The empire had lost the East Bank of the Río de la Plata with the founding of Uruguay in 1828, but it continued to meddle in that republic's affairs. Brazil's most important businessman, Irineu Evangelista de Sousa, the Visconde de Mauá, had such heavy financial interests there that his company was effectively the Uruguayan government's bank. Other Brazilians owned about 400 large estates (estancias ) that took up nearly a third of the country's territory. They objected to the taxes the Uruguayans imposed when they drove their cattle back and forth to Rio Grande do Sul, and they took sides in the constant fighting between Uruguay's Colorado and Blanco political factions, which later became the Colorado Party and the National Party (Blancos). Some of Rio Grande do Sul's gauchos did not accept Uruguayan independence in 1828 and continually sought intervention.

In the mid-1860s, the imperial government conspired with Buenos Aires authorities to replace the Blanco regime in Montevideo with a Colorado one. The Blancos appealed to Paraguayan dictator Francisco Solano López (president, 1862-70), who harbored his own fears of the two larger countries and who regarded a threat to Uruguay as a menace to Paraguay. A small landlocked country, Paraguay had the largest army in the region: 64,000 soldiers compared with Brazil's standing army of 18,000. In 1864 Brazil and Argentina agreed to act together should Solano López attempt to save the Blancos. In September 1864, wrongly convinced that he would not be so foolish, the Brazilians sent troops into Uruguay to put the Colorados in power. Each side miscalculated the intentions, capabilities, and will of the other. Paraguay reacted by seizing Brazilian vessels on the Rio Paraguai and by attacking the province of Mato Grosso. Solano López, mistakenly expecting help from anti-Buenos Aires caudillos, sent his forces into Corrientes to get at Rio Grande do Sul and Uruguay and found himself at war with both Argentina and Brazil. In May 1865, those two countries and Colorado-led Uruguay signed an alliance that aimed to transfer contested Paraguayan territory to the larger countries, to open Paraguayan rivers to international trade, and to remove Solano López. By September 1865, the allies had driven the Paraguayans out of Rio Grande do Sul, and they took the war into Paraguay when that country spurned their peace overtures.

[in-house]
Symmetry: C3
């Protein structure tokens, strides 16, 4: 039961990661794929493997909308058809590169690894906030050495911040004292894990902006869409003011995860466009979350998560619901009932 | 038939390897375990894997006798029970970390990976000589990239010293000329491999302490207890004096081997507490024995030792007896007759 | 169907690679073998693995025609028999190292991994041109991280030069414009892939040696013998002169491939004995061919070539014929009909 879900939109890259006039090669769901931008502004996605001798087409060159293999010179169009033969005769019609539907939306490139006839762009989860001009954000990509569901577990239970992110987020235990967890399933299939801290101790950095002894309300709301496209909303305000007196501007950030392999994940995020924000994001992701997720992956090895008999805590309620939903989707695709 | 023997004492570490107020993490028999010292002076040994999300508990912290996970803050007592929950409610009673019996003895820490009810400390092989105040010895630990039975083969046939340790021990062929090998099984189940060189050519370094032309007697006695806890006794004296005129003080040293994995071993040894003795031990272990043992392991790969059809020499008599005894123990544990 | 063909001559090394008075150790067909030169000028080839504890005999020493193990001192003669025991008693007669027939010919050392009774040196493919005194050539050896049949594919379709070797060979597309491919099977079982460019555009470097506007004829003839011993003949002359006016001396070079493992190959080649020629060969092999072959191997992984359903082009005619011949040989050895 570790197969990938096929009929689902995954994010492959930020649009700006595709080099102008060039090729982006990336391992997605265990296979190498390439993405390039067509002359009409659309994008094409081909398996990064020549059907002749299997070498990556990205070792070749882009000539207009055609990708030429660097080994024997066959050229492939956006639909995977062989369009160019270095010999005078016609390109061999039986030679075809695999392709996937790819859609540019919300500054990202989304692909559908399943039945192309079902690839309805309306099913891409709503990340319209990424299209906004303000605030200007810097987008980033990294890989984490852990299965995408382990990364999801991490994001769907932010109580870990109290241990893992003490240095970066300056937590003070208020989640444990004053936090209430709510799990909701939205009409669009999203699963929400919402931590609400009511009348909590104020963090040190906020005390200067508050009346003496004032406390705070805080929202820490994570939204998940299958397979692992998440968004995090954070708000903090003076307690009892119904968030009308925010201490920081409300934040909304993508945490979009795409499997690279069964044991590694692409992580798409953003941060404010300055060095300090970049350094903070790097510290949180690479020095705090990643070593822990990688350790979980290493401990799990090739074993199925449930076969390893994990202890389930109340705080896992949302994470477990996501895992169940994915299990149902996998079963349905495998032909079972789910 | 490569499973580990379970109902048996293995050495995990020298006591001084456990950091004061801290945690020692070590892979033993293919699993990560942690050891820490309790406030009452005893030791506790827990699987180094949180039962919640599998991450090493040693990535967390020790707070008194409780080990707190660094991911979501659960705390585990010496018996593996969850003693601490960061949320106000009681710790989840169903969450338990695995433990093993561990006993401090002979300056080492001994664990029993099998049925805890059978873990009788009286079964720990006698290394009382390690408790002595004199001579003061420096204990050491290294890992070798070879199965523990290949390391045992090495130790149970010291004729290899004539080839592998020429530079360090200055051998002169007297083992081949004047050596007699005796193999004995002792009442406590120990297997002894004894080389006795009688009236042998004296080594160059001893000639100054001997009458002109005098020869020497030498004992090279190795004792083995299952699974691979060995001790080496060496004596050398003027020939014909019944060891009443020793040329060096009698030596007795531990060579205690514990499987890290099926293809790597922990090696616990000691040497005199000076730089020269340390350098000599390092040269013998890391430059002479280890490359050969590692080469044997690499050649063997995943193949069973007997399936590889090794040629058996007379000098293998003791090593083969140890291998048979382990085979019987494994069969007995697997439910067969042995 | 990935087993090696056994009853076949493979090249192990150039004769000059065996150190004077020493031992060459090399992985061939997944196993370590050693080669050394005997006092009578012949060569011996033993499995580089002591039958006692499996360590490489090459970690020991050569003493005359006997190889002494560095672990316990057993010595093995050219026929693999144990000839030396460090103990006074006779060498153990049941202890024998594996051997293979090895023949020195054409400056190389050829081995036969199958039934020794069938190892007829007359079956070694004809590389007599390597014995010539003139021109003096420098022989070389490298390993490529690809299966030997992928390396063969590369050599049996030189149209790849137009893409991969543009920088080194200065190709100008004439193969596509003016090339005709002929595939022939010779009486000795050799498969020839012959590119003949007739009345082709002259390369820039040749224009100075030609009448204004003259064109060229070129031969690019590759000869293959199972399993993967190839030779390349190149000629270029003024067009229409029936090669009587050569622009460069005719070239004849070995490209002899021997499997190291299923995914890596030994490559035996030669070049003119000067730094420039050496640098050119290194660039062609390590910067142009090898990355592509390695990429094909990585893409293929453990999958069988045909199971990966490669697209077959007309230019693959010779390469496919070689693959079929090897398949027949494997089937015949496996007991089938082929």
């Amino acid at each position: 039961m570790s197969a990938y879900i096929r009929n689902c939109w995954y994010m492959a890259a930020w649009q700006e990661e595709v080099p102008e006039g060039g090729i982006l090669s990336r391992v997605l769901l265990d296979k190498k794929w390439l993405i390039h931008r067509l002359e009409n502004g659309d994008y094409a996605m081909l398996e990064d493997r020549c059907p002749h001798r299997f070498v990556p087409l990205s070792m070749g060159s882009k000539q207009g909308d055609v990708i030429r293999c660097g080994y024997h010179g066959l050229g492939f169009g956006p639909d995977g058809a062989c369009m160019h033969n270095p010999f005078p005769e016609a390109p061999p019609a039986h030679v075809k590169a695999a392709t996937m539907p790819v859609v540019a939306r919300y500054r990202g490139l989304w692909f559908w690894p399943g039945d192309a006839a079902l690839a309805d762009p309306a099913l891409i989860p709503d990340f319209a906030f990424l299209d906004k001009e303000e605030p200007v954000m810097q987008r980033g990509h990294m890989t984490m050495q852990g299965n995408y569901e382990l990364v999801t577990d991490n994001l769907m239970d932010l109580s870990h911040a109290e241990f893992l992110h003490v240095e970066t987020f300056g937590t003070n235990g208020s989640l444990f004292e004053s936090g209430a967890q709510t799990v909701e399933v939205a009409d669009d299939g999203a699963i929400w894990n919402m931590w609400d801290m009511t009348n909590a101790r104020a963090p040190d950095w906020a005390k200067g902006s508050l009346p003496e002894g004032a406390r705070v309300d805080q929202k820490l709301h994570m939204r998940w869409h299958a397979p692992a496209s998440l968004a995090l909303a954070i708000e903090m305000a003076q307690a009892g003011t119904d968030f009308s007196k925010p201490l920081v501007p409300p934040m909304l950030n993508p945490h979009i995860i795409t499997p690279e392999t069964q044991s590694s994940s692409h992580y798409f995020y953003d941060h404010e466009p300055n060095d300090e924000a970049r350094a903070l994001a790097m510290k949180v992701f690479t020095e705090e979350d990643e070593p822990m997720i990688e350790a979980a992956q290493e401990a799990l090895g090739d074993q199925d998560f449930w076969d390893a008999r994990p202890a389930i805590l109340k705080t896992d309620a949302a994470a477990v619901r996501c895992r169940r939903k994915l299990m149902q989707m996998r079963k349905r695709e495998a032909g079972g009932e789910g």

Fiercely defending their homeland, the Guaraní-speaking Paraguayans defeated the allies at Curupaití in September 1866. The Argentine president, General Bartolomé Mitre (1861-68), took the bulk of his troops home to quell opposition to his war policy, leaving the Brazilians to soldier on. The famed General Lima e Silva, Marquis and later Duke of Caxias, took command of the allied forces and led them until the fall of Asunción in early 1869. With stubborn determination, the Brazilians pursued Solano López until they cornered and killed him. They then occupied Paraguay until 1878.

The war dragged on for several reasons. First, the Paraguayans were better prepared at the outset and conducted an effective offensive into the territories of their adversaries, immediately handing them defeats. Even later, when pushed back onto their own land, they had the advantages of knowing the ground, of having prepared defenses, and of fielding stubbornly loyal troops. Second, it took the Brazilians considerable time to marshal their forces and considerable effort and cost to keep them supplied. Third, the Argentines, hoping to improve their postwar situation in relation to Brazil, delayed operations partly to force the empire to weaken itself by expending its resources. Fourth, this was the era of "unconditional surrender." It was militarily fashionable to pursue Solano López to the bitter end.

The war had important consequences for Brazil and the Río de la Plata region. It left Brazil and Argentina facing each other over a prostrate Paraguay and a dependent Uruguay, a situation that would soon turn into a tense rivalry that repeatedly assumed warlike postures. Historians debate the number of Paraguayan casualties, some asserting that 50 percent of Paraguayans were killed, others arguing that it was much less, possibly 8 to 9 percent of the prewar population total. Nonetheless, the losses from battle, disease, and starvation were severe and disrupted the development of the republic. In Brazil the war contributed to the growth of manufacturing, to the professionalization of the armed forces and their concentration in Rio Grande do Sul, to the building of roads and the settling of European immigrants in the southern provinces, and to the increased power of the central government. Most important for the future, the war brought the military firmly into the political arena. Military officers were keenly aware that the war had exposed the military's lack of equipment, training, and organization. Officers blamed these shortcomings on civilian officials. In the next decades, reformist officers seeking to modernize the army would criticize the Brazilian political structure and its peculiar culture as obstacles to modernization.